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[Annelida] Philosophy of Biological Systematics course

Kirk Fitzhugh via annelida%40net.bio.net (by kfitzhugh from nhm.org)
Wed Mar 7 18:14:18 EST 2018


I will be offering my Philosophy of Biological Systematics course at the Natural History Museum of Los Angeles County (nhm.org) on 11-15 June 2018. The course is open to anyone with an interest in systematics, including practicing systematists/taxonomists, graduate students, and university faculty. This is a unique opportunity to critically consider the scientific status of biological systematics. Additional information on topics covered in the course is given below.

The course is free, but funding for travel or housing cannot be provided. Limited summer housing is available through the University of Southern California’s Summer Guest Housing program, http://housing.usc.edu/index.php/summer-guest-housing/, located within walking distance of the museum.

I would be grateful if you would pass this notice along to your colleagues and students. Feel free to contact me if you have any questions.

Kirk Fitzhugh



Kirk Fitzhugh, Natural History Museum of Los Angeles County

Systematics has become a field of research with many different and often conflicting perspectives and methods. How does one decide among these options? Is there a basis for critically evaluating how systematics should function as a science? Approaching the subject from the perspective of the philosophical foundations of science, ‘Philosophy of Biological Systematics’ is a unique course offering critical examinations of the principles required to judge the scientific merits of systematics. During this five-day course, we will examine the nature of scientific inquiry and what is required for systematics to operate within established principles of rational reasoning. From those basics we can readily judge such concepts as 'parsimony,' 'likelihood,' 'Bayesianism,' and their relations to systematics; we can evaluate what is required to test phylogenetic hypotheses; how to properly judge empirical support for hypotheses; and why popular approaches such as separate phylogenetic analyses of partitioned data and comparing cladograms are scientifically unacceptable.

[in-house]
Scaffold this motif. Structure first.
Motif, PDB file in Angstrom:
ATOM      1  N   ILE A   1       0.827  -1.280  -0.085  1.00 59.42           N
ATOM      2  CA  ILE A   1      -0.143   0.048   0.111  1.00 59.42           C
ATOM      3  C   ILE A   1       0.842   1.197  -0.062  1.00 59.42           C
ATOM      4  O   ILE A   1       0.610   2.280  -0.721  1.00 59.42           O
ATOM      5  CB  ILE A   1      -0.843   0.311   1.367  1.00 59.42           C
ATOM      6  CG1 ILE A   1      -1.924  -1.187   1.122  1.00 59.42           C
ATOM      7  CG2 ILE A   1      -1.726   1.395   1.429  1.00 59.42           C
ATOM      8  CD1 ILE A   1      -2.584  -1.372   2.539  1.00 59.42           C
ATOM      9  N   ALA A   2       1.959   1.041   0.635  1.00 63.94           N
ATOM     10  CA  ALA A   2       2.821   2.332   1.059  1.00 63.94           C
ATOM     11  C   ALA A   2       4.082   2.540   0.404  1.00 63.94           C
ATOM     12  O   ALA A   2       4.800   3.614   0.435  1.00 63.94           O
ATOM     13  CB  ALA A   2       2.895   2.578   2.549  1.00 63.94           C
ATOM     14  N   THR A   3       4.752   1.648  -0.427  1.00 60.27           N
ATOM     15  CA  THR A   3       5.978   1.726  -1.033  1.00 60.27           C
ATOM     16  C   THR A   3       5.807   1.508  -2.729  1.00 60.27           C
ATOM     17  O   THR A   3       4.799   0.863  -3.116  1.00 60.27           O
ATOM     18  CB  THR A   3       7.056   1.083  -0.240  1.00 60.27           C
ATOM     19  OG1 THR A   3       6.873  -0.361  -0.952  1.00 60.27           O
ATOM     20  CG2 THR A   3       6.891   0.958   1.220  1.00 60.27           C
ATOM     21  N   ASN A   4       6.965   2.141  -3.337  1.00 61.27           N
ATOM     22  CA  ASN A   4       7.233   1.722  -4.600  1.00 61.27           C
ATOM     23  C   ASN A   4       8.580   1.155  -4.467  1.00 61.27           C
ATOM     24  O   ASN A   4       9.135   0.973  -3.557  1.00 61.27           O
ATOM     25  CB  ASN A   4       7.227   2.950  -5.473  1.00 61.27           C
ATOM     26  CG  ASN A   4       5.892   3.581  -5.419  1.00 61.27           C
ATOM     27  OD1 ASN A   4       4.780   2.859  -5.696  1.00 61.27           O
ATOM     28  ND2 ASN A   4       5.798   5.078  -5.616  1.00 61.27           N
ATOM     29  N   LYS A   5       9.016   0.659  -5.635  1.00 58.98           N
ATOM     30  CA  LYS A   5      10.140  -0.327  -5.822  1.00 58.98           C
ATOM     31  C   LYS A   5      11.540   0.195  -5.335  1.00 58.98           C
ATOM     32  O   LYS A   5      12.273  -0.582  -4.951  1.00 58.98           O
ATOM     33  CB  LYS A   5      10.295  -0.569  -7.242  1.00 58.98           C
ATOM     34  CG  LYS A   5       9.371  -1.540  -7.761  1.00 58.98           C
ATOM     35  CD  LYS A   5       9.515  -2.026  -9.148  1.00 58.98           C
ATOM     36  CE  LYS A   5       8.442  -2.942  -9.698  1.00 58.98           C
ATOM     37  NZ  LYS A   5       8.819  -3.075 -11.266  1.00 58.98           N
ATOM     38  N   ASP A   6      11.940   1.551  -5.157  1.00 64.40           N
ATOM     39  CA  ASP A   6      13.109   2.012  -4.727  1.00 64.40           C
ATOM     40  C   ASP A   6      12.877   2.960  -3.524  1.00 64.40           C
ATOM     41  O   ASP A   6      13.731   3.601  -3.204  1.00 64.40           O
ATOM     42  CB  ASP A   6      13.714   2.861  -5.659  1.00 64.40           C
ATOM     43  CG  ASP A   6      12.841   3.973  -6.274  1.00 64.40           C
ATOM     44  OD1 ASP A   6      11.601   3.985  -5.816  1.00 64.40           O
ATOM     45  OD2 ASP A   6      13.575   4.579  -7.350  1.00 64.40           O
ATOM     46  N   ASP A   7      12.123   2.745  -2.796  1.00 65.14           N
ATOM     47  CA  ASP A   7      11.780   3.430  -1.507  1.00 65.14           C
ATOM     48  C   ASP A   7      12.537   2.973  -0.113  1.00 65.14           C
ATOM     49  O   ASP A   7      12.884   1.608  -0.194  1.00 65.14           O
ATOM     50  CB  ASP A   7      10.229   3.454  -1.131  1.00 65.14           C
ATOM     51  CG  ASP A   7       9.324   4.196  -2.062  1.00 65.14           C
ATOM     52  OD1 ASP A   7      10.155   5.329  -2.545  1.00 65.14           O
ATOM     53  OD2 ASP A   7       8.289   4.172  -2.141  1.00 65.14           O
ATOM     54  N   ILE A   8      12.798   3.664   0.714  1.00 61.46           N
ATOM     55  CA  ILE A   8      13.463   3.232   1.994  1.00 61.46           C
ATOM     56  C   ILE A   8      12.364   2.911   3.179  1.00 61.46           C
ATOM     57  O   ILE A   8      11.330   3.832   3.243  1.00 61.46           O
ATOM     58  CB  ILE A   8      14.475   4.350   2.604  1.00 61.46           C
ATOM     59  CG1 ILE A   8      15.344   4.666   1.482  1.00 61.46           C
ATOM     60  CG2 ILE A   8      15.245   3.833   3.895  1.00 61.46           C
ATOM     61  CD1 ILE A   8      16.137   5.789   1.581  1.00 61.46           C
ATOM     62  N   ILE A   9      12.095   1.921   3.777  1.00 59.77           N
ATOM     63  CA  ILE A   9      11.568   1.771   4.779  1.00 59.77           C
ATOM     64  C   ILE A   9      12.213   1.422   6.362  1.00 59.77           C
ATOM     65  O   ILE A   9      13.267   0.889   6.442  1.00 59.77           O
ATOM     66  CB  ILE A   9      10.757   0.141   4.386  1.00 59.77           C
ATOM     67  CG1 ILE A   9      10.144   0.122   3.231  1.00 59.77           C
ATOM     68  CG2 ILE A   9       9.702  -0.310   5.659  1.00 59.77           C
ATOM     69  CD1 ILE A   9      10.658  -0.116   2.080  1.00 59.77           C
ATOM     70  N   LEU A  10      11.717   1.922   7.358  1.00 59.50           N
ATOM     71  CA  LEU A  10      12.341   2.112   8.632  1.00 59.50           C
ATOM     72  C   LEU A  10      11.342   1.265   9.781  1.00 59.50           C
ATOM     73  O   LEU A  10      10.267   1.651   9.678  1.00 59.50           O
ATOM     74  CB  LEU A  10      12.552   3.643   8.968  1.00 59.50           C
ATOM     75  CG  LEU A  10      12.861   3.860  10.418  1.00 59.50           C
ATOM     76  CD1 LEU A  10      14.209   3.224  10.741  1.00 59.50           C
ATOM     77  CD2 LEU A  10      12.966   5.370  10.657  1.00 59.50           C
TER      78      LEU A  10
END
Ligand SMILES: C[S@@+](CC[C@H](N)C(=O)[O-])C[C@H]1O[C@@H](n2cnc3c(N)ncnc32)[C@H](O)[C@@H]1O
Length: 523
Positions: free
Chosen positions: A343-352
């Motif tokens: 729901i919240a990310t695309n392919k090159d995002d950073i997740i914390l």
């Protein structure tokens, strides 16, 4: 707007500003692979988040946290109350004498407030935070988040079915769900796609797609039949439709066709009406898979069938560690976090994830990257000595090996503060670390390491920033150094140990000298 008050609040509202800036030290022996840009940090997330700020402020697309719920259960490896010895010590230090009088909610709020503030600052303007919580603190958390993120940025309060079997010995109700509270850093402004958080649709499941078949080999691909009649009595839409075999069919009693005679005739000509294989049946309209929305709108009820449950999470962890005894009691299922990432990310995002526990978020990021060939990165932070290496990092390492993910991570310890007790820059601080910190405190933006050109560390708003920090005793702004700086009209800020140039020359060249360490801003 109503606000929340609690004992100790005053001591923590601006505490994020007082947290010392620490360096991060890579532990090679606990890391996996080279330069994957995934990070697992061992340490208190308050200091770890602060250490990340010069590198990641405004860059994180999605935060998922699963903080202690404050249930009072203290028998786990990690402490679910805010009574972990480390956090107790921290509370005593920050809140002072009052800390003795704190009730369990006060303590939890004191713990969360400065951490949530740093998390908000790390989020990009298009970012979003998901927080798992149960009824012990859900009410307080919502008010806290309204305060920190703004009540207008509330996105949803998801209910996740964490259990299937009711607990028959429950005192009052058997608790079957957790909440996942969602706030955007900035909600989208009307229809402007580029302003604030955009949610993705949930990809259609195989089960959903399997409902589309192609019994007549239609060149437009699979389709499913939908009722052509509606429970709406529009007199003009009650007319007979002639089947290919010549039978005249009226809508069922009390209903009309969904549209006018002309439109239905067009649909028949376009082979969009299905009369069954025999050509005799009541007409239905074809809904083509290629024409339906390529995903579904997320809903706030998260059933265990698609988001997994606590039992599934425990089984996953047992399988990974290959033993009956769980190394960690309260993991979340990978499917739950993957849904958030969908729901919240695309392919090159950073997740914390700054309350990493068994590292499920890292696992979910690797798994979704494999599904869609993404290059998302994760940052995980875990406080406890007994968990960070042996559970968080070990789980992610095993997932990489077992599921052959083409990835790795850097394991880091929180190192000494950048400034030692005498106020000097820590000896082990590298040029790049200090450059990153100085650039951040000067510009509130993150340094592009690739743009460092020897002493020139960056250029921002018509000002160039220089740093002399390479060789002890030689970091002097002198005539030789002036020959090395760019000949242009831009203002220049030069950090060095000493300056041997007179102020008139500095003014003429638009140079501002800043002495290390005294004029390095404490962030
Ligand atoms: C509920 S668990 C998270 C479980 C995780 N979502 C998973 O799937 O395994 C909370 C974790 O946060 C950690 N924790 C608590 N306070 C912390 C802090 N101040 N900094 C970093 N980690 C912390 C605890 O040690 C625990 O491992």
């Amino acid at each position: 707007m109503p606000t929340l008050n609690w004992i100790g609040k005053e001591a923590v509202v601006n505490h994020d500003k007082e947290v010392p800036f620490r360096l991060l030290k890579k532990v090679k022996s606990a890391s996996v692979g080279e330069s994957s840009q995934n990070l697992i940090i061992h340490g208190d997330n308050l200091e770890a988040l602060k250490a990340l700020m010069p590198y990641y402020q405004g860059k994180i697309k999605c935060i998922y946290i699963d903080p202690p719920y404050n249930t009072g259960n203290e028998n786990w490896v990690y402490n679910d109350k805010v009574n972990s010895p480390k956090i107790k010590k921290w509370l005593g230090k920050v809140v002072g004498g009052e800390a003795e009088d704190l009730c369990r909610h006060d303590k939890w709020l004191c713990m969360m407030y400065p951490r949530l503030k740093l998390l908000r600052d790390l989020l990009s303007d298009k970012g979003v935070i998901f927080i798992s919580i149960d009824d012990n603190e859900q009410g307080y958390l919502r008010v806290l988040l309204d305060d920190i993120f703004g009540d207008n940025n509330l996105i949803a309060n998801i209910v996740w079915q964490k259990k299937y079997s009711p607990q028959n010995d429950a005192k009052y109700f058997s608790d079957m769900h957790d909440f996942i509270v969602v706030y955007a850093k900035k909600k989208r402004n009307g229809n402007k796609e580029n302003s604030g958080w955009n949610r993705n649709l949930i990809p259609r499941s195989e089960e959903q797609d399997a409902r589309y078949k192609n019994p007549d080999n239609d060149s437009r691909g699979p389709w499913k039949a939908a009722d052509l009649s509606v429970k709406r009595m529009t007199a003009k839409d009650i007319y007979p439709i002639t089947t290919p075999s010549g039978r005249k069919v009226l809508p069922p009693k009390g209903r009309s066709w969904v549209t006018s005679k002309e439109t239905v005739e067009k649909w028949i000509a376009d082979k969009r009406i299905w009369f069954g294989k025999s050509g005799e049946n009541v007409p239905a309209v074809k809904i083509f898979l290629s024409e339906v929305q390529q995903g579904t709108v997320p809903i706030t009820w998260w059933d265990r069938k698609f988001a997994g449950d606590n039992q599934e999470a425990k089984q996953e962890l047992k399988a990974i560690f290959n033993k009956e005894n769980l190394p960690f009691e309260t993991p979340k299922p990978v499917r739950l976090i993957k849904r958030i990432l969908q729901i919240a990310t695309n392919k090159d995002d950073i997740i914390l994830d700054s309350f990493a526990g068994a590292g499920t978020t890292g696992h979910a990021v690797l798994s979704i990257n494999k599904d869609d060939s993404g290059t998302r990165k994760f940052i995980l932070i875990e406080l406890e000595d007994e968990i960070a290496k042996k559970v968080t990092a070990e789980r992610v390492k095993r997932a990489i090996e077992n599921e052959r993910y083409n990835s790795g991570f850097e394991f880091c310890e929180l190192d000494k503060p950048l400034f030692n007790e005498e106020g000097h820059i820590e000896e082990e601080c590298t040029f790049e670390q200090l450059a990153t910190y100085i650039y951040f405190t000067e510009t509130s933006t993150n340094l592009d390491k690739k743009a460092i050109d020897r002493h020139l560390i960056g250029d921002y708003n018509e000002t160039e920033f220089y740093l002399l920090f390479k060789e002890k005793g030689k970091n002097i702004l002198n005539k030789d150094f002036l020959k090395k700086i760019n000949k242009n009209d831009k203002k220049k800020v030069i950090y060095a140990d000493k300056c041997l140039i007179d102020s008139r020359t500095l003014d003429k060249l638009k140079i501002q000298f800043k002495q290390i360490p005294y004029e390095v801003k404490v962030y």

The following topics will be covered:
1. Introduction – what this course offers

2. The goal of science; the goal of biological systematics
a. the nature of understanding
b. basic foundations of scientific inquiry
c. systematics versus taxonomy

3. Causal relationships in systematics
a. taxa and causal understanding

4. The nature of why-questions

5. The three forms of reasoning: deduction, induction, abduction

6. The uses of deduction, induction, and abduction in science
a. defining fact, hypothesis, and theory
b. background knowledge
c. mechanics of theory and hypothesis testing
d. the meanings of evidence and support

7. Systematics involves abductive reasoning

8. Inferences of systematics hypotheses, i.e. taxa
a. the ‘species problem’ and its solution
b. specific and phylogenetic hypotheses/taxa

9. Some implications for ‘phylogenetic’ methods
a. the limits of phylogenetic hypotheses
b. relations between types of evidence in systematics
c. abductive reasoning and the myth of ‘parsimony methods’
d. abductive reasoning and the myth of ‘likelihood methods’
e. abductive reasoning and the myth of ‘Bayesian phylogenetic methods’

10. Dating cladograms: a brief critique

11. The Requirement of total evidence (RTE)
a. relation of RTE to inference
b. relation of RTE to systematics
c. implications for systematics
d. the errors of cladogram comparisons and character mapping

12. Homology & homogeny & homoplasy
a. Richard Owen’s use of homologue and homology
b. E.R. Lankester’s replacement terms, homogen, homogeny, and homoplasy
c. implications of abductive reasoning for the utility of these concepts

13. Character coding
a. why character coding is necessary for systematics
b. accurately representing observation statements
c. character coding, why-questions, and the data matrix
d. problems with ‘ordered’ characters

14. Sequence data and phylogenetic inference: implications of top-down causation on the inclusion of sequence data

15. DNA barcoding: Caveat emptor

16. The mechanics of hypothesis testing in biological systematics
a. traditional misconceptions about testing phylogenetic hypotheses
b. mechanics of testing explanatory hypotheses, revisited
c. the uses of evidence, revisited
d. what is actually required to test phylogenetic hypotheses
e. the limits on acquiring causal understanding via phylogenetic hypotheses
f. the myths of support measures: bootstrap, jack-knife, Bremer, etc.

17. Implications for nomenclature

18. Defining biodiversity and conservation

J. Kirk Fitzhugh, Ph.D.
Curator of Polychaetes
Invertebrate Zoology Section
Research & Collections Branch
Natural History Museum of Los Angeles County
900 Exposition Blvd
Los Angeles CA 90007
Phone: 213-763-3233
FAX: 213-746-2999
e-mail: kfitzhug from nhm.org

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